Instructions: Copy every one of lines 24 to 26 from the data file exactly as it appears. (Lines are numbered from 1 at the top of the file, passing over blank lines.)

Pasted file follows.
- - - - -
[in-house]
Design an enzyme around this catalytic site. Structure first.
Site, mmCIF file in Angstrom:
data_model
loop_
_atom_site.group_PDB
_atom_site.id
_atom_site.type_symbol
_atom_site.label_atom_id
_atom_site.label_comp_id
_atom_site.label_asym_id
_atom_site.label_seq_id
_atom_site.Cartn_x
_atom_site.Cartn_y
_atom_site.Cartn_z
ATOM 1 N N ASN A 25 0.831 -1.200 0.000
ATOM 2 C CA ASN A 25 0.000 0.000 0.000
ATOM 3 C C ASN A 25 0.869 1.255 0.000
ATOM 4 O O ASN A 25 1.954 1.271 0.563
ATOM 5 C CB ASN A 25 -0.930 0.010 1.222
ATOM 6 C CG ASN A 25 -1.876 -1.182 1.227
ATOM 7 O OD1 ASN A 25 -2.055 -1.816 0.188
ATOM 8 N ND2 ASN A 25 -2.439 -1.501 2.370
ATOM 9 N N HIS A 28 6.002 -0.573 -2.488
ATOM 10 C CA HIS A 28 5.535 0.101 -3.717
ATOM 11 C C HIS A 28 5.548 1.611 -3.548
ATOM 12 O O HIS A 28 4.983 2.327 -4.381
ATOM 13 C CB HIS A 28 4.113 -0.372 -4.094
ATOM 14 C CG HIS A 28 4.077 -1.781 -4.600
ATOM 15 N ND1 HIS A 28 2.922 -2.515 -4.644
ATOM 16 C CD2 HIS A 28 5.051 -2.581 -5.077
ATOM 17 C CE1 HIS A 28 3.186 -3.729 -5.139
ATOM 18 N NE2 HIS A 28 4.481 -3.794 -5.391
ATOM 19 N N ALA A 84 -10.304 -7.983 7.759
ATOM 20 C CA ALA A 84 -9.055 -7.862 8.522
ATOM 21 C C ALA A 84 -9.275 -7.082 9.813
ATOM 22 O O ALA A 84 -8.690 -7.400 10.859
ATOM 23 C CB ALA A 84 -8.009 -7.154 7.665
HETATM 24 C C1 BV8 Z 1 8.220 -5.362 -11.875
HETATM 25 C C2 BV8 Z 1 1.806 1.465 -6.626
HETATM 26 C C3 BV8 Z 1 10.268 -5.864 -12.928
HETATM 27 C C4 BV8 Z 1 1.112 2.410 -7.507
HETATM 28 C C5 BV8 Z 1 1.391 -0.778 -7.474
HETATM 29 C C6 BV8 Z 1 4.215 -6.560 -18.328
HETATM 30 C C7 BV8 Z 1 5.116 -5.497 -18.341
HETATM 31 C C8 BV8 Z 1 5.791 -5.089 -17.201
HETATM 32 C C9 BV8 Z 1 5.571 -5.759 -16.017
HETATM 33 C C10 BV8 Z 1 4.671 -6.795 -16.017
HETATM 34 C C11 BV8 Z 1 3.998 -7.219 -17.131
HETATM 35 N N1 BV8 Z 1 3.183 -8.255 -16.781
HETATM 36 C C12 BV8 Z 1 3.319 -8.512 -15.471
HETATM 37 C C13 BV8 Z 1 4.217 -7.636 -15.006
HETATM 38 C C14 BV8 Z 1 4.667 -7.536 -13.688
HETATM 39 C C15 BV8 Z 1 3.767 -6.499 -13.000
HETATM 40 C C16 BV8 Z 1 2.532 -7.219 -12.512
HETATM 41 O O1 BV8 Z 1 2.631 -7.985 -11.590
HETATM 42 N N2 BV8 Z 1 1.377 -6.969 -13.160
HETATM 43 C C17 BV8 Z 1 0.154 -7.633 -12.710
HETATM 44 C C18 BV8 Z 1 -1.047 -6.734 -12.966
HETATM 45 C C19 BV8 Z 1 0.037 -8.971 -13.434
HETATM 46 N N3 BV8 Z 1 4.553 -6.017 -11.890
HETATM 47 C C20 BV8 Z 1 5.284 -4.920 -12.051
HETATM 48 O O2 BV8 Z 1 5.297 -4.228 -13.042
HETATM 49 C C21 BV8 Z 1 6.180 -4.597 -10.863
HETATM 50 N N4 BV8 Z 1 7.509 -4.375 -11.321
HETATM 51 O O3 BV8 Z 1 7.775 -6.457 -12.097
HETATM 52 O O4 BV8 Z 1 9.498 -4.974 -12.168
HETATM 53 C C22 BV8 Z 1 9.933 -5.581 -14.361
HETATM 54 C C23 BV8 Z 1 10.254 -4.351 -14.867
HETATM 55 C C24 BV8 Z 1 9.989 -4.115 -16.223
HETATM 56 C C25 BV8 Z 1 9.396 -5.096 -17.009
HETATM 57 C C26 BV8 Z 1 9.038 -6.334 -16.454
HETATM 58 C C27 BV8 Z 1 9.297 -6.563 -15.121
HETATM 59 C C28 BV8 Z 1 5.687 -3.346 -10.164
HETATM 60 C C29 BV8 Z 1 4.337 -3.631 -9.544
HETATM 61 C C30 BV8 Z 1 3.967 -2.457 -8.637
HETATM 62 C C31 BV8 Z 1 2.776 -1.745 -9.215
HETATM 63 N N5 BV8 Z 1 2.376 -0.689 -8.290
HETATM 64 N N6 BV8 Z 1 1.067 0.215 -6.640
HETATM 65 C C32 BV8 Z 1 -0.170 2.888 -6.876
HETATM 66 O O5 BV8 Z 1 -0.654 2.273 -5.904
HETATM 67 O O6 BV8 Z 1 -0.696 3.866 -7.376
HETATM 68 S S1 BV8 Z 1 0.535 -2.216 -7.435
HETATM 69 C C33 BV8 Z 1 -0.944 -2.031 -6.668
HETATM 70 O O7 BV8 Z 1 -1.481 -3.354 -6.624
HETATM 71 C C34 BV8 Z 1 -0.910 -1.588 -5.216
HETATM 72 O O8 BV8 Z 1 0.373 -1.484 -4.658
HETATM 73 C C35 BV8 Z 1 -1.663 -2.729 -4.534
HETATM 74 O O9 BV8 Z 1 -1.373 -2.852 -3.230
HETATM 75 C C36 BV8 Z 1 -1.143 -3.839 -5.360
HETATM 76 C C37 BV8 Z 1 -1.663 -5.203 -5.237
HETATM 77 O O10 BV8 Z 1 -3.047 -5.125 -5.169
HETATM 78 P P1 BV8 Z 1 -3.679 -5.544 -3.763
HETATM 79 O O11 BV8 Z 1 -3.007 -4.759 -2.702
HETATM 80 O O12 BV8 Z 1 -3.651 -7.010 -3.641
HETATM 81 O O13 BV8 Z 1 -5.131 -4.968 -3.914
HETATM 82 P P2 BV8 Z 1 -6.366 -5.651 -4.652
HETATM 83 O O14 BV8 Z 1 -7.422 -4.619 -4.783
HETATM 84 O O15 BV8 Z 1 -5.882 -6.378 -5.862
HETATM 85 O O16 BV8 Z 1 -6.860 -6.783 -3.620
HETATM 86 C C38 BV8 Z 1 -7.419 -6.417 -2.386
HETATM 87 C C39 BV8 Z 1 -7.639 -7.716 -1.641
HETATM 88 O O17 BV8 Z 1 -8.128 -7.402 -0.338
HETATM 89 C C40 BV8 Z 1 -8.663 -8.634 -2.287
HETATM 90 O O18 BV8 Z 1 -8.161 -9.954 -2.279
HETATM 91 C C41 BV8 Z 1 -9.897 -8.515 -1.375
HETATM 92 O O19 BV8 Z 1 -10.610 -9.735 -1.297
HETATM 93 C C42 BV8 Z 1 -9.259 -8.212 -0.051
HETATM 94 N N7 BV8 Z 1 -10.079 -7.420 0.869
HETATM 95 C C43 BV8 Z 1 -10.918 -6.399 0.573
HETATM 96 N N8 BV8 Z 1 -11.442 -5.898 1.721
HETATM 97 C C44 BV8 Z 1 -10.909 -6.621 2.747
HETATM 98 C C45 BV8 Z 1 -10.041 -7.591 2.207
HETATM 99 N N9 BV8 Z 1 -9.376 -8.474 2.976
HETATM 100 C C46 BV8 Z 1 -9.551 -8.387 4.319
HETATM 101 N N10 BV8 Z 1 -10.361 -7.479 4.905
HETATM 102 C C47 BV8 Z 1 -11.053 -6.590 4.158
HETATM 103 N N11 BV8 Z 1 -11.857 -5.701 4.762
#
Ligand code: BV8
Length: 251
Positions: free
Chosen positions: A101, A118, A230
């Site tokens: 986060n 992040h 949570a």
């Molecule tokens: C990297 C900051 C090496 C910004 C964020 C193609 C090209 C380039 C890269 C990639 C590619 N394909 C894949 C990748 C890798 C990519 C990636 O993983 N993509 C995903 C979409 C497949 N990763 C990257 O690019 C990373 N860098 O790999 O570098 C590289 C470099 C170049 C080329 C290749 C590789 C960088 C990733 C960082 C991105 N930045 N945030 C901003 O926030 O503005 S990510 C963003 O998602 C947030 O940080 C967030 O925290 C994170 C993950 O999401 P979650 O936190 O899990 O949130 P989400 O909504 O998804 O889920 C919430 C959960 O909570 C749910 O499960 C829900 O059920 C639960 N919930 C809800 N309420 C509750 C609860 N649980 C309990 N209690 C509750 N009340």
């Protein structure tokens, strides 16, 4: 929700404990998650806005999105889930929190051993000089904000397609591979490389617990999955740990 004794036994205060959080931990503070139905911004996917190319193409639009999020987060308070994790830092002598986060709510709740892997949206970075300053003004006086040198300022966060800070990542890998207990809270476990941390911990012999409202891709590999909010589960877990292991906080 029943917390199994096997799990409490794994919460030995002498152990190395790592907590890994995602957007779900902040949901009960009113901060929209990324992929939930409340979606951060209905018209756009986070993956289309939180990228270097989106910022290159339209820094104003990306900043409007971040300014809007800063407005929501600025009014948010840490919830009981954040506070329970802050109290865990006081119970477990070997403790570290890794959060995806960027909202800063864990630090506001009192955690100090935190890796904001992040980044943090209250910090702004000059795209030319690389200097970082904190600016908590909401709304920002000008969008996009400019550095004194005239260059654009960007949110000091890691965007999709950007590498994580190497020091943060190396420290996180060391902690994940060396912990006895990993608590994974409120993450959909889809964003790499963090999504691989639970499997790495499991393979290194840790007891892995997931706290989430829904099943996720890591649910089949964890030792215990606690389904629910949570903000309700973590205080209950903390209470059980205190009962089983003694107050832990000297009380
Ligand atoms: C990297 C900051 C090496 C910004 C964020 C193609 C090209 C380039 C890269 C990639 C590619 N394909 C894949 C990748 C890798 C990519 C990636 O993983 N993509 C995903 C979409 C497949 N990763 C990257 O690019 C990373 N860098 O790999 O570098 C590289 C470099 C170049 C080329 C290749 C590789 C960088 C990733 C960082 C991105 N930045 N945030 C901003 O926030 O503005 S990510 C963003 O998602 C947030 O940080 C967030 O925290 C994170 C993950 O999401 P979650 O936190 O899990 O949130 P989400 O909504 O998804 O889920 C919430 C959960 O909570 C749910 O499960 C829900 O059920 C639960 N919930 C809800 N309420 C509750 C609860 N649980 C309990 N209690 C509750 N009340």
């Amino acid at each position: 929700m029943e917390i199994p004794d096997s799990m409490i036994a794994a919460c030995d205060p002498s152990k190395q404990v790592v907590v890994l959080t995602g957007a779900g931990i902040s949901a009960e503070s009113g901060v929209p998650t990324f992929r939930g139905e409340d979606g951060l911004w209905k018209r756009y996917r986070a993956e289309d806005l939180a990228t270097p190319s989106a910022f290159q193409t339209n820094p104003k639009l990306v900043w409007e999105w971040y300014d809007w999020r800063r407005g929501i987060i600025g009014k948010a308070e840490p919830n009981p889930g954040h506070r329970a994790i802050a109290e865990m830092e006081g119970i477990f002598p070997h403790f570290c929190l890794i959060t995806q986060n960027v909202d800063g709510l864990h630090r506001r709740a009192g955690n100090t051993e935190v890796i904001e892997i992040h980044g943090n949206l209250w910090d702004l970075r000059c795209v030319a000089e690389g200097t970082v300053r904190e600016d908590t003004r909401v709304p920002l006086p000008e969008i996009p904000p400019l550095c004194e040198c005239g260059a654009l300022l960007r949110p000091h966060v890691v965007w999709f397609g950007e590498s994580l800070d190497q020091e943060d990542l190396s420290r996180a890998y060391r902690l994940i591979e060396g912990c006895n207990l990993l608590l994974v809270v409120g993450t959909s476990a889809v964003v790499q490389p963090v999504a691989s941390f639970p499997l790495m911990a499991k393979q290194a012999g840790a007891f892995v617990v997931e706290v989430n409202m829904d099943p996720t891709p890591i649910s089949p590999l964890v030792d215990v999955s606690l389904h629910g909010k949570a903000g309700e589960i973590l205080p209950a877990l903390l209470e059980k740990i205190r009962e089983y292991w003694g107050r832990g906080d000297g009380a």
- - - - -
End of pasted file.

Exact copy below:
ATOM 9 N N HIS A 28 6.002 -0.573 -2.488
ATOM 10 C CA HIS A 28 5.535 0.101 -3.717
ATOM 11 C C HIS A 28 5.548 1.611 -3.548